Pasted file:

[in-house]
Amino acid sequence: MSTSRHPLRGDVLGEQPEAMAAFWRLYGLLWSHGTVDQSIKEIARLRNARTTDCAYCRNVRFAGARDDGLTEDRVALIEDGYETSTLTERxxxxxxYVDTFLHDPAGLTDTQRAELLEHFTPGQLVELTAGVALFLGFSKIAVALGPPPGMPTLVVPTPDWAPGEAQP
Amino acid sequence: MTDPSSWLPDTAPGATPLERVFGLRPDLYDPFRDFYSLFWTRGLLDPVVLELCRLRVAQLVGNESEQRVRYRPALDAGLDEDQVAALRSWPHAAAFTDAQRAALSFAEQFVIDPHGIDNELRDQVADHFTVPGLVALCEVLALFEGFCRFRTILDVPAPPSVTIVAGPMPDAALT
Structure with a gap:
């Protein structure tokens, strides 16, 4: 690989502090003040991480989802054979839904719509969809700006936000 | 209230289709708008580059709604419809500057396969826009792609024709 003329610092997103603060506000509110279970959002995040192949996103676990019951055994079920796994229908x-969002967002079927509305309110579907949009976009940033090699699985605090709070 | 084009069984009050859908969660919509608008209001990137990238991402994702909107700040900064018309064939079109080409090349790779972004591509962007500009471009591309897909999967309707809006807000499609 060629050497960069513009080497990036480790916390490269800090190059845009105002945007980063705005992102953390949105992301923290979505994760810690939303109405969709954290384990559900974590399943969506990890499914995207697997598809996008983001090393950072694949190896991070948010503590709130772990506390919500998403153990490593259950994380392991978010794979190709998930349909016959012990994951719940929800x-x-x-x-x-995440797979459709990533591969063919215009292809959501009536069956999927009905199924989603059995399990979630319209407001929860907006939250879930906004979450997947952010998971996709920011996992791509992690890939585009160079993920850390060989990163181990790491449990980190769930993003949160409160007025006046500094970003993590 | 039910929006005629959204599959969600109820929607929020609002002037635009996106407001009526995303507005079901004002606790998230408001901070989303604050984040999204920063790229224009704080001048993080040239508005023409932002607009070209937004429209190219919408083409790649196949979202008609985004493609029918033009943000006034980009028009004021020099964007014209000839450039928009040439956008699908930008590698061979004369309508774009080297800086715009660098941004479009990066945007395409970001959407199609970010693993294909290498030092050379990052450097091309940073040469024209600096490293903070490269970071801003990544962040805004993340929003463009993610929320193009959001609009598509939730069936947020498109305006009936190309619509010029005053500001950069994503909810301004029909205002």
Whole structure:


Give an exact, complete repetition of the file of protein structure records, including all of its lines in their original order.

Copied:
[in-house]
Amino acid sequence: MSTSRHPLRGDVLGEQPEAMAAFWRLYGLLWSHGTVDQSIKEIARLRNARTTDCAYCRNVRFAGARDDGLTEDRVALIEDGYETSTLTERxxxxxxYVDTFLHDPAGLTDTQRAELLEHFTPGQLVELTAGVALFLGFSKIAVALGPPPGMPTLVVPTPDWAPGEAQP
Amino acid sequence: MTDPSSWLPDTAPGATPLERVFGLRPDLYDPFRDFYSLFWTRGLLDPVVLELCRLRVAQLVGNESEQRVRYRPALDAGLDEDQVAALRSWPHAAAFTDAQRAALSFAEQFVIDPHGIDNELRDQVADHFTVPGLVALCEVLALFEGFCRFRTILDVPAPPSVTIVAGPMPDAALT
Structure with a gap:
């Protein structure tokens, strides 16, 4: 690989502090003040991480989802054979839904719509969809700006936000 | 209230289709708008580059709604419809500057396969826009792609024709 003329610092997103603060506000509110279970959002995040192949996103676990019951055994079920796994229908x-969002967002079927509305309110579907949009976009940033090699699985605090709070 | 084009069984009050859908969660919509608008209001990137990238991402994702909107700040900064018309064939079109080409090349790779972004591509962007500009471009591309897909999967309707809006807000499609 060629050497960069513009080497990036480790916390490269800090190059845009105002945007980063705005992102953390949105992301923290979505994760810690939303109405969709954290384990559900974590399943969506990890499914995207697997598809996008983001090393950072694949190896991070948010503590709130772990506390919500998403153990490593259950994380392991978010794979190709998930349909016959012990994951719940929800x-x-x-x-x-995440797979459709990533591969063919215009292809959501009536069956999927009905199924989603059995399990979630319209407001929860907006939250879930906004979450997947952010998971996709920011996992791509992690890939585009160079993920850390060989990163181990790491449990980190769930993003949160409160007025006046500094970003993590 | 039910929006005629959204599959969600109820929607929020609002002037635009996106407001009526995303507005079901004002606790998230408001901070989303604050984040999204920063790229224009704080001048993080040239508005023409932002607009070209937004429209190219919408083409790649196949979202008609985004493609029918033009943000006034980009028009004021020099964007014209000839450039928009040439956008699908930008590698061979004369309508774009080297800086715009660098941004479009990066945007395409970001959407199609970010693993294909290498030092050379990052450097091309940073040469024209600096490293903070490269970071801003990544962040805004993340929003463009993610929320193009959001609009598509939730069936947020498109305006009936190309619509010029005053500001950069994503909810301004029909205002």
Whole structure: